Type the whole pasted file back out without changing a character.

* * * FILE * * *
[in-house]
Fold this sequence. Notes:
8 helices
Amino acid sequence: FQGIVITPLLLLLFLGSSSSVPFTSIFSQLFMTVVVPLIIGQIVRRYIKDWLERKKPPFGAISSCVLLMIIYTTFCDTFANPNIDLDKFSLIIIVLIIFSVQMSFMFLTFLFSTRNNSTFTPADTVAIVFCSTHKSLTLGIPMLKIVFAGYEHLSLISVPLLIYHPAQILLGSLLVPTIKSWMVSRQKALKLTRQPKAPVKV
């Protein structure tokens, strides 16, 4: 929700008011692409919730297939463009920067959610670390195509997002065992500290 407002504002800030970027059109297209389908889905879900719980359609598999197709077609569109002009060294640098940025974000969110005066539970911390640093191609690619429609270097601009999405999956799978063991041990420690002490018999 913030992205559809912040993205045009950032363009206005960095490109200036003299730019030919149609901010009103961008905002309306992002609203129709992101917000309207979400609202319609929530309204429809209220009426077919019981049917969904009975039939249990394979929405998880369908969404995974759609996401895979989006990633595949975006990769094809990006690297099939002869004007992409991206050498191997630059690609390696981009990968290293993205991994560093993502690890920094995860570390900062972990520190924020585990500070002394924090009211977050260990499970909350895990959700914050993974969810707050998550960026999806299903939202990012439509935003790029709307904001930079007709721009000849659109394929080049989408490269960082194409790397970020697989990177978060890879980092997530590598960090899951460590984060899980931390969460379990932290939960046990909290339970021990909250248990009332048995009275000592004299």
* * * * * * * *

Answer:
[in-house]
Fold this sequence. Notes:
8 helices
Amino acid sequence: FQGIVITPLLLLLFLGSSSSVPFTSIFSQLFMTVVVPLIIGQIVRRYIKDWLERKKPPFGAISSCVLLMIIYTTFCDTFANPNIDLDKFSLIIIVLIIFSVQMSFMFLTFLFSTRNNSTFTPADTVAIVFCSTHKSLTLGIPMLKIVFAGYEHLSLISVPLLIYHPAQILLGSLLVPTIKSWMVSRQKALKLTRQPKAPVKV
């Protein structure tokens, strides 16, 4: 929700008011692409919730297939463009920067959610670390195509997002065992500290 407002504002800030970027059109297209389908889905879900719980359609598999197709077609569109002009060294640098940025974000969110005066539970911390640093191609690619429609270097601009999405999956799978063991041990420690002490018999 913030992205559809912040993205045009950032363009206005960095490109200036003299730019030919149609901010009103961008905002309306992002609203129709992101917000309207979400609202319609929530309204429809209220009426077919019981049917969904009975039939249990394979929405998880369908969404995974759609996401895979989006990633595949975006990769094809990006690297099939002869004007992409991206050498191997630059690609390696981009990968290293993205991994560093993502690890920094995860570390900062972990520190924020585990500070002394924090009211977050260990499970909350895990959700914050993974969810707050998550960026999806299903939202990012439509935003790029709307904001930079007709721009000849659109394929080049989408490269960082194409790397970020697989990177978060890879980092997530590598960090899951460590984060899980931390969460379990932290939960046990909290339970021990909250248990009332048995009275000592004299």